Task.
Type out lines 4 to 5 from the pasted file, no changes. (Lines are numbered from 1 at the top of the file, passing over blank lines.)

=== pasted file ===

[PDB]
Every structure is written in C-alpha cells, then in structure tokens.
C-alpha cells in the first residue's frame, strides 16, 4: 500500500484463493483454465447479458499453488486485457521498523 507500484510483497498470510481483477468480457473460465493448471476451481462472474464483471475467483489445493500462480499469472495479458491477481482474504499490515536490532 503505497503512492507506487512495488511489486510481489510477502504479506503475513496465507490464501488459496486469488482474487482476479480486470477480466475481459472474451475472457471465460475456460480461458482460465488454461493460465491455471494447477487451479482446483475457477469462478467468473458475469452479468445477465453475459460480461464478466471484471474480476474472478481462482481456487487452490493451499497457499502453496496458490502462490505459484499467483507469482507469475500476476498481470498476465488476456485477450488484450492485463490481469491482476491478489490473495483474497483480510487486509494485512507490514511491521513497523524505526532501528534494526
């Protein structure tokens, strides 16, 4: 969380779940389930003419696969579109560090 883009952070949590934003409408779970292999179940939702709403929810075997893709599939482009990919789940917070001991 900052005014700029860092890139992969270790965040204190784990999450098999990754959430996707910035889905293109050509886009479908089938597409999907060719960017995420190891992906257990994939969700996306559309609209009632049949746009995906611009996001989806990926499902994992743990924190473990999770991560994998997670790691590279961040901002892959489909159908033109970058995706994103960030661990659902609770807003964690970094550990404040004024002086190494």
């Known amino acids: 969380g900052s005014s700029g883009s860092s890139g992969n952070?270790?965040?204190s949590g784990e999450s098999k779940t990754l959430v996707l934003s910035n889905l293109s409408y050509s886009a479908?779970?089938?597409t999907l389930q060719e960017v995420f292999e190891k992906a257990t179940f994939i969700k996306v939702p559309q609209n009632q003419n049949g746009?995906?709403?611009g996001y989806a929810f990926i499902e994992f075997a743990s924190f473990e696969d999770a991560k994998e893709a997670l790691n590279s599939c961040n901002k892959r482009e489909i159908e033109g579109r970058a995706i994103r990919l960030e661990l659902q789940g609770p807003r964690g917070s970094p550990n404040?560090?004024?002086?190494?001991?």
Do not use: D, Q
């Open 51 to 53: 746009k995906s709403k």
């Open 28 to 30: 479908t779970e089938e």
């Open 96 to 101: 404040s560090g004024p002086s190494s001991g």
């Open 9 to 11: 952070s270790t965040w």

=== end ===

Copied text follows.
């Protein structure tokens, strides 16, 4: 969380779940389930003419696969579109560090 883009952070949590934003409408779970292999179940939702709403929810075997893709599939482009990919789940917070001991 900052005014700029860092890139992969270790965040204190784990999450098999990754959430996707910035889905293109050509886009479908089938597409999907060719960017995420190891992906257990994939969700996306559309609209009632049949746009995906611009996001989806990926499902994992743990924190473990999770991560994998997670790691590279961040901002892959489909159908033109970058995706994103960030661990659902609770807003964690970094550990404040004024002086190494």
């Known amino acids: 969380g900052s005014s700029g883009s860092s890139g992969n952070?270790?965040?204190s949590g784990e999450s098999k779940t990754l959430v996707l934003s910035n889905l293109s409408y050509s886009a479908?779970?089938?597409t999907l389930q060719e960017v995420f292999e190891k992906a257990t179940f994939i969700k996306v939702p559309q609209n009632q003419n049949g746009?995906?709403?611009g996001y989806a929810f990926i499902e994992f075997a743990s924190f473990e696969d999770a991560k994998e893709a997670l790691n590279s599939c961040n901002k892959r482009e489909i159908e033109g579109r970058a995706i994103r990919l960030e661990l659902q789940g609770p807003r964690g917070s970094p550990n404040?560090?004024?002086?190494?001991?």